Discrete-time stochastic processes

# Denition 21 a renewal process is an arrival process

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Unformatted text preview: the Bernoulli process is deﬁned by a sequence of IID binary rv’s Y1 , Y2 . . . , with PMF pY (1) = q specifying the probability of an arrival in each time slot i > 0. There is an associated counting process {N (t); t ≥ 0} giving the number of arrivals up to ¢ including ° t and time slot t. The PMF for N (t), for integer t > 0, is the binomial pN (t) (n) = n q n (1 − q )t−n . There is also a sequence S1 , S2 , . . . of integer arrival times (epochs), where the rv Si is the epoch of the ith arrival. Finally there is an associated sequence of interarrival times, X1 , X2 , . . . , which are IID with the geometric PMF, pXi (x) = q (1 − q )x−1 for positive integer x. It is intuitively clear that the Bernoulli process is fully speciﬁed by specifying that the interarrival intervals are IID with the geometric PMF. For the Poisson process, arrivals may occur at any time, and the probability of an arrival at any particular instant is 0. This means that there is no very clean way of describing a Poisson process in terms of the probability of an arrival at any given instant. It is more convenient to deﬁne a Poisson process in terms of the sequence of interarrival times, X1 , X2 , . . . , which are deﬁned to be IID. Before doing this, we describe arrival processes in a little more detail. 2.1.1 Arrival processes An arrival process is a sequence of increasing rv’s , 0 < S1 < S2 < · · · , where Si < Si+1 means that Si+1 − Si is a positive rv, i.e., a rv X such that Pr {X ≤ 0} = 0. These random variables are called arrival epochs (the word time is somewhat overused in this sub ject) and represent the times at which some repeating phenomenon occurs. Note that the process starts at time 0 and that multiple arrivals can’t occur simultaneously (the phenomenon of bulk arrivals can be easily handled by the simple extension of associating a positive integer rv to each arrival). We will often specify arrival processes in a way that allows an arrival at 58 2.1. INTRODUCTION 59 time 0 or simultaneous arrivals as events of zero probability, but such zero probability events can usually be ignored. In order to fully specify the process by the sequence S1 , S2 , . . . of rv’s, it is necessary to specify the joint distribution of the subsequences S1 , . . . , Sn for all n > 1. Although we refer to these processes as arrival processes, they could equally well model departures from a system, or any other sequence of incidents. Although it is quite common, especially in the simulation ﬁeld, to refer to incidents or arrivals as events, we shall avoid that here. The nth arrival epoch Sn is a rv and {Sn ≤ t}, for example, is an event. This would make it confusing to also refer to the nth arrival itself as an event. ✛ X1 0 ✛ r ✛ X2 ✲ r ✲ S1 X3 r ✲ ✻ (t) N t S2 S3 Figure 2.1: An arrival process and its arrival epochs {S1 , S2 , . . . }, its interarrival intervals {X1 , X2 , . . . }, and its counting process {N (t); t ≥ 0} As illustrated in Figure 2.1, any arrival process can also be speciﬁed by two other stochastic processes. The ﬁrst is the sequence of interarrival times, X1 , X2 , . . . ,. These are positive rv’s deﬁned in terms of the arrival epochs by X1 = S1 and Xi = Si − Si−1 for i > 1. Similarly, given the Xi , the arrival epochs Si are speciﬁed as Xn Sn = Xi . (2.1) i=1 Thus the joint distribution of X1 , . . . , Xn for all n > 1 is suﬃcient (in principle) to specify the arrival process. Since the interarrival times are IID, it is usually much easier to specify the joint distribution of the Xi than of the Si . The second alternative to specify an arrival process is the counting process N (t), where for each t > 0, the rv N (t) is the number of arrivals up to and including time t. The counting process {N (t); t > 0}, illustrated in Figure 2.1, is an uncountably inﬁnite family of rv’s {N (t); t ≥ 0} where N (t), for each t > 0, is the number of arrivals in the interval (0, t]. Whether the end points are included in these intervals is sometimes important, and we use parentheses to represent intervals without end points and square brackets to represent inclusion of the end point. Thus (a, b) denotes the interval {t : a < t < b}, and (a, b] denotes {t : a < t ≤ b}. The counting rv’s N (t) for each t > 0 are then deﬁned as the number of arrivals in the interval (0, t]. N (0) is deﬁned to be 0 with probability 1, which means, as before, that we are considering only arrivals at strictly positive times. The counting process {N (t), t ≥ 0} for any arrival process has the properties that N (τ ) ≥ N (t) for all τ ≥ t > 0 (i.e., N (τ ) − N (t) is a non-negative random variable). 60 CHAPTER 2. POISSON PROCESSES For any given integer n ≥ 1 and time t ≥ 0, the nth arrival epoch, Sn , and the counting random variable, N (t), are related by {Sn ≤ t} = {N (t) ≥ n}. (2.2) To see this, note that {Sn ≤ t} is the event that the nth arrival occurs by time t. This...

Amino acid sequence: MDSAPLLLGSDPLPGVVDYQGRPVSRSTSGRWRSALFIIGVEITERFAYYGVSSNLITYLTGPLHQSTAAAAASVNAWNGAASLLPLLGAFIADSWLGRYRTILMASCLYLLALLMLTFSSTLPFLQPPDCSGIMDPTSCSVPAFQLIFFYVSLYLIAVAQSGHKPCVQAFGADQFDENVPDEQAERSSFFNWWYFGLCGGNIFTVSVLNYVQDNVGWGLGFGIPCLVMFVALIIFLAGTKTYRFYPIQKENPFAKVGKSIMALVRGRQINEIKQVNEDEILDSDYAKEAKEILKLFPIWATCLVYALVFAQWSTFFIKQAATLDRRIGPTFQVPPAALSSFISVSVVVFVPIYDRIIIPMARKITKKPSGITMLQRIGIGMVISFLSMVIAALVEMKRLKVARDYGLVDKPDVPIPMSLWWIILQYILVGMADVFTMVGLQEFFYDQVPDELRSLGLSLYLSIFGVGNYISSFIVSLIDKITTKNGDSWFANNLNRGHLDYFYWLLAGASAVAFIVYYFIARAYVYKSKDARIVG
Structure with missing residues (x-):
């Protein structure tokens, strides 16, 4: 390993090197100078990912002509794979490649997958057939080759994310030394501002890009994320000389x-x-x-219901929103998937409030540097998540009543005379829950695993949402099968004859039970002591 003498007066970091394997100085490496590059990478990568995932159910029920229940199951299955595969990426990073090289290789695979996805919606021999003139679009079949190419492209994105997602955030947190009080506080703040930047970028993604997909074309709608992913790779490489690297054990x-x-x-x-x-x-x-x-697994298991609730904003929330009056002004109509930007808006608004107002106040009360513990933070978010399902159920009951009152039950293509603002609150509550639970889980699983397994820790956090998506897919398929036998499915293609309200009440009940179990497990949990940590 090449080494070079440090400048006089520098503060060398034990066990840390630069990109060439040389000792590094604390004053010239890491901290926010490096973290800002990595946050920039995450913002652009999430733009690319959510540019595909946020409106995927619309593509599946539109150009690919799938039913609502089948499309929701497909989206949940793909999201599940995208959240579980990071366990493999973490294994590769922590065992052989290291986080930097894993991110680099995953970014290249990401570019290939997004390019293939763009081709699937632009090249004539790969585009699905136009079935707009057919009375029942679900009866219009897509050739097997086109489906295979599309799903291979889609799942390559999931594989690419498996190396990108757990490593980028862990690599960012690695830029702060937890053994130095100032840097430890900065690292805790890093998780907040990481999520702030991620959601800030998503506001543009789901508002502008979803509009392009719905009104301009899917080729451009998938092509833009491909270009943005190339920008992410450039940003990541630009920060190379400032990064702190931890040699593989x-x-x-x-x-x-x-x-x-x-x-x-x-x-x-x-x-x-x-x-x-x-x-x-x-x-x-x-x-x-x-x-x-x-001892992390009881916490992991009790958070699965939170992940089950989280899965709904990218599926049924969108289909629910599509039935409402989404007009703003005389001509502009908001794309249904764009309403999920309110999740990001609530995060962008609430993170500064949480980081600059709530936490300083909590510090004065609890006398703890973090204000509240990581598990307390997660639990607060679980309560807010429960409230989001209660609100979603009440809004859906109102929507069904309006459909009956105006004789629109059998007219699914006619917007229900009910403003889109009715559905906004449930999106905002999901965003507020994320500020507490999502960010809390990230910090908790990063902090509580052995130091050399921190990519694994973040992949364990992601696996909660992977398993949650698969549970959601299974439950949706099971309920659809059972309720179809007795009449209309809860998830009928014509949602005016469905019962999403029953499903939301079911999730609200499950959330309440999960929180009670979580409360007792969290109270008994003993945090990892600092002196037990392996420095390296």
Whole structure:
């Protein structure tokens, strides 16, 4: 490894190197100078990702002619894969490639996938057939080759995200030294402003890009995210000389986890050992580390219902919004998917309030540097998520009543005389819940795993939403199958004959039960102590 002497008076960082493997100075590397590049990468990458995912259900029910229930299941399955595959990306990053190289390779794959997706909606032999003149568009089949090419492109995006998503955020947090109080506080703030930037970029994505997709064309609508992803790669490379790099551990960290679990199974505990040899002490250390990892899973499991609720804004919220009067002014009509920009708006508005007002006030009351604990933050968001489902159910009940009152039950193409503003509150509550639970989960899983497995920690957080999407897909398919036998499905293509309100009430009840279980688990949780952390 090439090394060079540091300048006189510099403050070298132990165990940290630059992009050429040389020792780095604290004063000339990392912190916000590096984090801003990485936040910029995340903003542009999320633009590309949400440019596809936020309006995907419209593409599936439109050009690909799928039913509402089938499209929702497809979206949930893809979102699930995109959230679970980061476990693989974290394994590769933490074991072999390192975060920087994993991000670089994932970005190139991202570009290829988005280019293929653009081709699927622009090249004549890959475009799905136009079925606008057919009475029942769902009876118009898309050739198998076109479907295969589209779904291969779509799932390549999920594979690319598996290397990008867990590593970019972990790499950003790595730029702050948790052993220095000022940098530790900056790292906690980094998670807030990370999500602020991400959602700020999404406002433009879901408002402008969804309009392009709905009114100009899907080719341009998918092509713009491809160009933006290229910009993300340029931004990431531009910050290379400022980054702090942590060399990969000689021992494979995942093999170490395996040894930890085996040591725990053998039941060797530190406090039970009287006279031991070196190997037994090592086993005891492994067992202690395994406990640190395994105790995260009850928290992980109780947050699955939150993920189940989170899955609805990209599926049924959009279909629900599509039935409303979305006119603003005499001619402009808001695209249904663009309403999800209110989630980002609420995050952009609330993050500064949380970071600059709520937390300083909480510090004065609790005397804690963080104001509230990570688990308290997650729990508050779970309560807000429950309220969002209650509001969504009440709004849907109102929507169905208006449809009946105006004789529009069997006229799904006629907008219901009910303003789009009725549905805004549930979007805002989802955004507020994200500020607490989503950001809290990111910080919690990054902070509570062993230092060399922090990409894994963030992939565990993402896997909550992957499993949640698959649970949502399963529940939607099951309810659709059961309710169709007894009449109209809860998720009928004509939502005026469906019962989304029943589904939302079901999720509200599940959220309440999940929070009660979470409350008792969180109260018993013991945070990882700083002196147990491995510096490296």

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## This note was uploaded on 09/27/2010 for the course EE 229 taught by Professor R.srikant during the Spring '09 term at University of Illinois, Urbana Champaign.

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